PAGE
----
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Most Singaporeans would know Loo Cheng Chuan from his 1M65 social movement. Built around the strategy of leveraging the
Central Provident Fund (CPF)
account to save a million dollars by the retirement age of 65, the movement gained popularity for its simple and low-risk approach to help Singaporeans achieve
in their golden years.
Together with his daughter Kate, this passionate financial educator taps on various social media platforms like
to share his personal knowledge of financial literacy. Married for 25 years to his junior college sweetheart Lee Bee Yee, Cheng Chuan is also dad to three young adults – Kate, 21, Ben, 19, and Emily, 18.
Besides being life partners for over two decades, the couple are also business partners in an e-commerce business that Bee Yee set up in 2014.
As Cheng Chuan shares, “We see each other as teammates and we complement each other well – what she’s good at, I’m not. Similarly, the areas I excel at are not her strengths. She is detail-oriented and good in managing operations, while I’m more of a marketing and ideas person”.
Bee Yee plays the supportive spouse in her husband’s work. Despite its non-profit nature, Cheng Chuan has given over a hundred talks on financial literacy since the 1M65 movement started in 2015. His wife attends the majority of his talks and encourages her own social media followers to listen to them.
For Cheng Chuan, his father was an influential figure in his life when he was growing up. “My father is extremely family-oriented. He took care of the family very well and taught my siblings and I the value of family and thrift”, he says.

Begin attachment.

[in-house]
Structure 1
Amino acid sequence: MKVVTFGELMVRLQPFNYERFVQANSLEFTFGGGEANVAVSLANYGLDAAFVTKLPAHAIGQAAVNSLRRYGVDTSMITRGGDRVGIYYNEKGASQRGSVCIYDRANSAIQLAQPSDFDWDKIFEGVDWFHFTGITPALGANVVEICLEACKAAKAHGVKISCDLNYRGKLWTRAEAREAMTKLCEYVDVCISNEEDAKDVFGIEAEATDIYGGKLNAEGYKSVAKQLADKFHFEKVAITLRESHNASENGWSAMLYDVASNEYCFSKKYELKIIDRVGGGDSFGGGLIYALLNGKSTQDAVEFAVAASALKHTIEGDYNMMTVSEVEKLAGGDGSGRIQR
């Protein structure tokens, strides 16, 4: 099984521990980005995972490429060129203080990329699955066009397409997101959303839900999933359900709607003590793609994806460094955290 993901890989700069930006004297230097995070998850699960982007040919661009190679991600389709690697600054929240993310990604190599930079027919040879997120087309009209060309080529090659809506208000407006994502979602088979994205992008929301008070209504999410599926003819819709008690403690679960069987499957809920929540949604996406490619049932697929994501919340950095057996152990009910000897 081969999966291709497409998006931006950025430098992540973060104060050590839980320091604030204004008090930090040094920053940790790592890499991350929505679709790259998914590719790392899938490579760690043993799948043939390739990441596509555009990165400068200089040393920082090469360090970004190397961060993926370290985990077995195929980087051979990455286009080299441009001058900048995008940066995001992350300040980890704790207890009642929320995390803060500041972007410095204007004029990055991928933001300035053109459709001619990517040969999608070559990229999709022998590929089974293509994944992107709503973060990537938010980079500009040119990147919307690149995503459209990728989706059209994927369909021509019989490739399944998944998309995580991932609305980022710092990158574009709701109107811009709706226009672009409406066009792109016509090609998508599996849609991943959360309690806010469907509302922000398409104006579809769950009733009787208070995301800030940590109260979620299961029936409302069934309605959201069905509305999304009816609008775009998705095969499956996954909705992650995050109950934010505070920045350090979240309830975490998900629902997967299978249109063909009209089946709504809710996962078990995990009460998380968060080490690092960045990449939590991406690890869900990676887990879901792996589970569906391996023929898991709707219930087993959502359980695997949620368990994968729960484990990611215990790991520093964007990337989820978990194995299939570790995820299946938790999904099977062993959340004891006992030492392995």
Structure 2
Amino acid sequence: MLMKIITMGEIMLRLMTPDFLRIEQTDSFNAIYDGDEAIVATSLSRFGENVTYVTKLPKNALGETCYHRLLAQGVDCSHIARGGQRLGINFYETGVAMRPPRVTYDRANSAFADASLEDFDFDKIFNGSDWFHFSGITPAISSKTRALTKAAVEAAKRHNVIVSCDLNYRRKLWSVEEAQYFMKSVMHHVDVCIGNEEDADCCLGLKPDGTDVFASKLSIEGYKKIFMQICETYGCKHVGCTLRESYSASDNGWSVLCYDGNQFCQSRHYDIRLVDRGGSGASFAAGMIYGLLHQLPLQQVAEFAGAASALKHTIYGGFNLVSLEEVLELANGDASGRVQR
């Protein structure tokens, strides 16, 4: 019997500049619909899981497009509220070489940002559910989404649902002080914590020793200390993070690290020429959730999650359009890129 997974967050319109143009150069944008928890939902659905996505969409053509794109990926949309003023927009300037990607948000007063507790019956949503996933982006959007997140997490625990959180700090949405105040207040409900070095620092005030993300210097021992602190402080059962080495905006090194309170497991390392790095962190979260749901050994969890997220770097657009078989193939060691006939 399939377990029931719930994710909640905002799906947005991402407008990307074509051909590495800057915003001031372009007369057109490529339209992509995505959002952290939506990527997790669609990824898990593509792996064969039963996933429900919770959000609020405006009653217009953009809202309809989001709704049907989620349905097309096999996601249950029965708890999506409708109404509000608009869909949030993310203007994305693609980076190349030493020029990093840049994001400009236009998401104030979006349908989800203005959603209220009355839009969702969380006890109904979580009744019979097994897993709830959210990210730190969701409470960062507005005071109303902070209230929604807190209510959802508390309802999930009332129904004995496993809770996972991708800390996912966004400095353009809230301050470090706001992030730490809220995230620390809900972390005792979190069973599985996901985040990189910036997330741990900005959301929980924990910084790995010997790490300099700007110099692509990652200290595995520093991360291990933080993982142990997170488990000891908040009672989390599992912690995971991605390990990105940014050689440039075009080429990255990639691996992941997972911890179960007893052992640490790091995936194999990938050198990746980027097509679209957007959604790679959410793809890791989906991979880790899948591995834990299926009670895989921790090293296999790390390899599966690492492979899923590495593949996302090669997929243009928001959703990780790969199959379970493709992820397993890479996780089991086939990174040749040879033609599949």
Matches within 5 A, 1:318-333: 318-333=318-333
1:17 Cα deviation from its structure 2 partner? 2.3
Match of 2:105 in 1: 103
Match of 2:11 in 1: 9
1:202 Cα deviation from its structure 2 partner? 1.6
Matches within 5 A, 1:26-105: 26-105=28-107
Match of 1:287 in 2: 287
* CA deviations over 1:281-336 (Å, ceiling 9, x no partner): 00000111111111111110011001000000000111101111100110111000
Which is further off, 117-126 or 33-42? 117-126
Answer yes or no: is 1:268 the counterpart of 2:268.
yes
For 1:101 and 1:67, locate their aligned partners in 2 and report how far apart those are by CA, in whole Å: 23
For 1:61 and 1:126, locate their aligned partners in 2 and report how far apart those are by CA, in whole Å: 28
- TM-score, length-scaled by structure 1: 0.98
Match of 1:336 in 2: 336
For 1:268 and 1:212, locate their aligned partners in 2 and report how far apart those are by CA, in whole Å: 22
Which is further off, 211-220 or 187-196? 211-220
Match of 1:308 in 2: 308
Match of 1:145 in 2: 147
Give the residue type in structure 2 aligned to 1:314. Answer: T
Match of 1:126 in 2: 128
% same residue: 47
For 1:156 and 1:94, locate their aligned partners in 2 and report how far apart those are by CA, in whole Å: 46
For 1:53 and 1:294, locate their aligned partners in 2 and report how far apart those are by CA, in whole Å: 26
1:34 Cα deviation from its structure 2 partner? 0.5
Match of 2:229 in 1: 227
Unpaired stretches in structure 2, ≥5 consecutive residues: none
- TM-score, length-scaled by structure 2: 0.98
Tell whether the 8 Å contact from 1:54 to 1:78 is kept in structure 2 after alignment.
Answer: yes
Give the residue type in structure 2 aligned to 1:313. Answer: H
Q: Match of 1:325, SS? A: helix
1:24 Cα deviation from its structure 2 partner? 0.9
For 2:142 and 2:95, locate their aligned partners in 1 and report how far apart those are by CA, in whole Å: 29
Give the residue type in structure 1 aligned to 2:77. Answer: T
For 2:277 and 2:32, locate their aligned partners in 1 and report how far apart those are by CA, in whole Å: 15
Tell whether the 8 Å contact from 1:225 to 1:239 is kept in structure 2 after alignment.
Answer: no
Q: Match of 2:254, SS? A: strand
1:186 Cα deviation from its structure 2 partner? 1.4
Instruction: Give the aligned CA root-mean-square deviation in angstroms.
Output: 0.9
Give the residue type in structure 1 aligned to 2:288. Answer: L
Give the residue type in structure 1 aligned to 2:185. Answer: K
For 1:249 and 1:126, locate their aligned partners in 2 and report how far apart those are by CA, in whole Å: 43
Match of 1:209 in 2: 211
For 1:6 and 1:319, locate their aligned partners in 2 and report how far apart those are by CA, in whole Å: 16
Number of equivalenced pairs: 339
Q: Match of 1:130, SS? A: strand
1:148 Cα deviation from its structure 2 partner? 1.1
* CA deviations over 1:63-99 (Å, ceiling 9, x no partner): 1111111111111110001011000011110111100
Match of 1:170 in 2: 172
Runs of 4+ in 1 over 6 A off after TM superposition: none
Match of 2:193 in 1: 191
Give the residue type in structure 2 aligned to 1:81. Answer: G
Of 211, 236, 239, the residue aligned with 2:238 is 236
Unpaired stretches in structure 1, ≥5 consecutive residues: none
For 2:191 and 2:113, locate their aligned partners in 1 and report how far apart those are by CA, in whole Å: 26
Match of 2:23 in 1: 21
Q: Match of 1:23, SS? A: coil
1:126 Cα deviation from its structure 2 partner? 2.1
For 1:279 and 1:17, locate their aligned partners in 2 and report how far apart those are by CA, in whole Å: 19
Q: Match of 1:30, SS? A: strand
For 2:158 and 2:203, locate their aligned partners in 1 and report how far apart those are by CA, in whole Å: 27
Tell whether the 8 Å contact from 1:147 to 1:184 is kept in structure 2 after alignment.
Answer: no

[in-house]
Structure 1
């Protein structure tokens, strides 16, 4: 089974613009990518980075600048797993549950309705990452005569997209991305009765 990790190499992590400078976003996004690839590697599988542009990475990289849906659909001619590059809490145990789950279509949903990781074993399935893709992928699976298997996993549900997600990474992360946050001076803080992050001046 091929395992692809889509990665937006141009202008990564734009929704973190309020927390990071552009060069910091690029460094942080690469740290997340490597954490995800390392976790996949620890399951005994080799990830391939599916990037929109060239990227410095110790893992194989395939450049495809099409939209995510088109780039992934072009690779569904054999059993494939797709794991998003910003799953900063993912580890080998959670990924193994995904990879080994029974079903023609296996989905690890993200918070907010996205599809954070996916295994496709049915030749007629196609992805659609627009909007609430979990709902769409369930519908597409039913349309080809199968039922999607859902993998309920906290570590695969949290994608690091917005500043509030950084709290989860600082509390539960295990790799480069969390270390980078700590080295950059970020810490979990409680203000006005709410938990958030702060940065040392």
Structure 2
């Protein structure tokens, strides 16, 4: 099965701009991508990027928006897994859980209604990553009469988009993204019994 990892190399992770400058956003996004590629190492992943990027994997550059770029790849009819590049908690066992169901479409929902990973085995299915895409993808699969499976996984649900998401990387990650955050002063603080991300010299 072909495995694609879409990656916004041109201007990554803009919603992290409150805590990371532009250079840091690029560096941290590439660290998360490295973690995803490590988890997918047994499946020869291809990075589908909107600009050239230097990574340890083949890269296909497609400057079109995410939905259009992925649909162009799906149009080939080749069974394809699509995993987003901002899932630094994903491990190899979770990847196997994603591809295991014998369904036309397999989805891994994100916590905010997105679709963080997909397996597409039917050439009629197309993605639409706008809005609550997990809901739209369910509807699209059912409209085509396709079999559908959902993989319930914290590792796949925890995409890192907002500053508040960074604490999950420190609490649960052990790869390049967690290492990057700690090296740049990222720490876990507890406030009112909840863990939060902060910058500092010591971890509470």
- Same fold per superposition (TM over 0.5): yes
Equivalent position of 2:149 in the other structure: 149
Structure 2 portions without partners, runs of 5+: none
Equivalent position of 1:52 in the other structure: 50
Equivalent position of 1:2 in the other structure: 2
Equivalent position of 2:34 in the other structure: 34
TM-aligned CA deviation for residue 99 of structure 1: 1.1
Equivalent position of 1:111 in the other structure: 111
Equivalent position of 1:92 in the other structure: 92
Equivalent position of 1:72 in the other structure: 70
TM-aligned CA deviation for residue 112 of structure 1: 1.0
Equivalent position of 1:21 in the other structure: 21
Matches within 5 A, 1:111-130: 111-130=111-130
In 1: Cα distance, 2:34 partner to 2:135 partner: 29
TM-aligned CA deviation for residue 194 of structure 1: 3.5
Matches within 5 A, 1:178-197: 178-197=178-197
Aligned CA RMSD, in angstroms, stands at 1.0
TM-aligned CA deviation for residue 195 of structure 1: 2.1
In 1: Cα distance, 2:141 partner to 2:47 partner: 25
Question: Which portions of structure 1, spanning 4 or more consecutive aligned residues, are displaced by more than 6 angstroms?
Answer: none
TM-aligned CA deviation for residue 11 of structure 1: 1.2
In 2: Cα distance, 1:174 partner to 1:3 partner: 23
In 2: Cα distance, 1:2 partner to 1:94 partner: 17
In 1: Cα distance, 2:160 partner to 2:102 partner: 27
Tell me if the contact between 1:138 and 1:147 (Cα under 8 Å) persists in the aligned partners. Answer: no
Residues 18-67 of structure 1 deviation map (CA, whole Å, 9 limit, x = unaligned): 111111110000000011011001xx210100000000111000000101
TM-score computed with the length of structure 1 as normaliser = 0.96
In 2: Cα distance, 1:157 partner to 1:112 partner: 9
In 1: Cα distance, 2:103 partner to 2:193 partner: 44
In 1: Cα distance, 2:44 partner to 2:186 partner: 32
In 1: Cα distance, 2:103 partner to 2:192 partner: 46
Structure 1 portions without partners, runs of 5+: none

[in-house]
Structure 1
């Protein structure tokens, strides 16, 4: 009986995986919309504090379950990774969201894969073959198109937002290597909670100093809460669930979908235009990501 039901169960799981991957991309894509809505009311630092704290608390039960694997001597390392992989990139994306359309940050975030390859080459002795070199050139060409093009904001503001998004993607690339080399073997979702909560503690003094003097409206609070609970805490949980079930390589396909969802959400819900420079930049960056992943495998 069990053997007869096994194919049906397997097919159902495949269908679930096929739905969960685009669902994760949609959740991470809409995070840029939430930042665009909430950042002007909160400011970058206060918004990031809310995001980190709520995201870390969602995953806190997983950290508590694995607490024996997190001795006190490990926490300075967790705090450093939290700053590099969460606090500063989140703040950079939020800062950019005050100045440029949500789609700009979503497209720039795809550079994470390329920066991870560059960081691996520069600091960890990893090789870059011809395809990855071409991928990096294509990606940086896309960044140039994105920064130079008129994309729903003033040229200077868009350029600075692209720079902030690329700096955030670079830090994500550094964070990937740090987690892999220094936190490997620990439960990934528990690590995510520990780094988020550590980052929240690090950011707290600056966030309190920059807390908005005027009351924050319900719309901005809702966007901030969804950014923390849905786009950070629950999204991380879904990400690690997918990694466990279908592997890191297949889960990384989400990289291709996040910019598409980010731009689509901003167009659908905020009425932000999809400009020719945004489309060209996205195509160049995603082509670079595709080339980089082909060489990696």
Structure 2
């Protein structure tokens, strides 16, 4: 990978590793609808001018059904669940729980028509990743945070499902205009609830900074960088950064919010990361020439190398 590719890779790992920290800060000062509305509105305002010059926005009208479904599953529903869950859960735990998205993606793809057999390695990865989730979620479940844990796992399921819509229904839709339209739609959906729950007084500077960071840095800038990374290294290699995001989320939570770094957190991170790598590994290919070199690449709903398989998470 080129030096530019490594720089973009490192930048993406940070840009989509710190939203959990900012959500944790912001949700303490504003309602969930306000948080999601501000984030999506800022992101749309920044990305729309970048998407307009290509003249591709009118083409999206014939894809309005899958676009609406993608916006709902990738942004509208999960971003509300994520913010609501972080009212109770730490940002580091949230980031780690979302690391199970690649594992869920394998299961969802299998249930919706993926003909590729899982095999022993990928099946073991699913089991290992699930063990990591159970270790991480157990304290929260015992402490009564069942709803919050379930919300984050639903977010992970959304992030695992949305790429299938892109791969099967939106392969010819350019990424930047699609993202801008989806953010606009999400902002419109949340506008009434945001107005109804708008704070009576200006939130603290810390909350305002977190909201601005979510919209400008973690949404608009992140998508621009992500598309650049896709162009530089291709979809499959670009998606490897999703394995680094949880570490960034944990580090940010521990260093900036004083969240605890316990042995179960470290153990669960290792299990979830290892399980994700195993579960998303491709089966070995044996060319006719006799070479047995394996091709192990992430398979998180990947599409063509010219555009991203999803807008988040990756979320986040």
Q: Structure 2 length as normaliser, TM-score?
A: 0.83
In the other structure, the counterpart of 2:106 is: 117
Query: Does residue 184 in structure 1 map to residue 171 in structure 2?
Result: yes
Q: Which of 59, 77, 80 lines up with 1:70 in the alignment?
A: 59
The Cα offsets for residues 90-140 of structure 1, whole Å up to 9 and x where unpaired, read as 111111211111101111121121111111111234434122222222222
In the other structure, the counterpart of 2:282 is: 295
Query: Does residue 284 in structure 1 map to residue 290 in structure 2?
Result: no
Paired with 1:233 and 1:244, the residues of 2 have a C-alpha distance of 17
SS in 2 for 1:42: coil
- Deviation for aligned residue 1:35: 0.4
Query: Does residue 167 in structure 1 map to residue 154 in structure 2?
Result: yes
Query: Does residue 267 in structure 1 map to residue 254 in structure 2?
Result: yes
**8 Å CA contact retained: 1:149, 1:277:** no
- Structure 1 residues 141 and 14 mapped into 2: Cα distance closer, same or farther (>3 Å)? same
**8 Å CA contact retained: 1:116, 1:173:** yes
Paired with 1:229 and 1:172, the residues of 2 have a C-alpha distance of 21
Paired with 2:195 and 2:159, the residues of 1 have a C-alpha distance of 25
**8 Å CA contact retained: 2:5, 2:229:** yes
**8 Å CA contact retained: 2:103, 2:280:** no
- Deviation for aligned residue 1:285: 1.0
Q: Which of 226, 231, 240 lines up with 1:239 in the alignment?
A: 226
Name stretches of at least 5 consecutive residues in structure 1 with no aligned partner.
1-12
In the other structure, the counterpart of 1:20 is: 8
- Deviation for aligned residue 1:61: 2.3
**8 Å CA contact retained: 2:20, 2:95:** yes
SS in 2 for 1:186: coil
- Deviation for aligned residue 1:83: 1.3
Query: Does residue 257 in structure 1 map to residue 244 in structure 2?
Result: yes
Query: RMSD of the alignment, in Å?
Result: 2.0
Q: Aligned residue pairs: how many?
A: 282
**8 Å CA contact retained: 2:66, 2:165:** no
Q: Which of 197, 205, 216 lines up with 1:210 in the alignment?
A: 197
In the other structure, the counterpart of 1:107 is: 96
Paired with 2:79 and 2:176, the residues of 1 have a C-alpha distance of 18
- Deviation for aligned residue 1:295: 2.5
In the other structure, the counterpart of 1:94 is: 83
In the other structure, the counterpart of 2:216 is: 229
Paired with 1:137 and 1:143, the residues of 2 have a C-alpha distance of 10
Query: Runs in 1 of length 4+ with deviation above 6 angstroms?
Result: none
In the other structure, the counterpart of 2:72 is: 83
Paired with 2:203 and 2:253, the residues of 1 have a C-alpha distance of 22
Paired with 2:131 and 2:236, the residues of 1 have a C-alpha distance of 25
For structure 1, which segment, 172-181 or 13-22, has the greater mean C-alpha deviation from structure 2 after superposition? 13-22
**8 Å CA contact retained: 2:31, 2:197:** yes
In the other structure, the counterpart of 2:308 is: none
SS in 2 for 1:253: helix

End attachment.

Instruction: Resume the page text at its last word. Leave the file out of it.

This has shaped his own parenting philosophy. When his kids were young, he was protector, provider, disciplinarian and playmate to them. When they got older, he shifted into the role of a mentor, life coach and role model.
“I prepare them on how to deal with life. As they grow into adulthood, I become more of an advisor and a guide. I let them develop the ability to think for themselves.”
To Cheng Chuan and his wife, their role as parents is to help their children identify their strengths and passions and give them the opportunities to build on them. To give his firstborn Kate a chance to develop her oracy skills, he started involving her in his Youtube videos. Kate, with her extroverted, livewire personality, is a natural presenter in front of the camera.
When Kate decided to take a 6-month leave of absence from her university studies to learn the ropes at their e-commerce operations, the couple supported it. As Cheng Chuan notes, exposure to the different roles and processes of a business is an invaluable learning opportunity in itself.
He adopts a similar approach for his two younger children, looking for ways to let them develop their interests in other areas, whether it is in music or finance.
For kids to learn good money management skills, he emphasises that it was crucial to start young. His tips are basic yet practical: First, teach them the value of thrift. Second, share with them the importance of a building a financial safety net. Finally, show them how compounding works to grow wealth.
Tags: Money Matters /Child Development /Child Education
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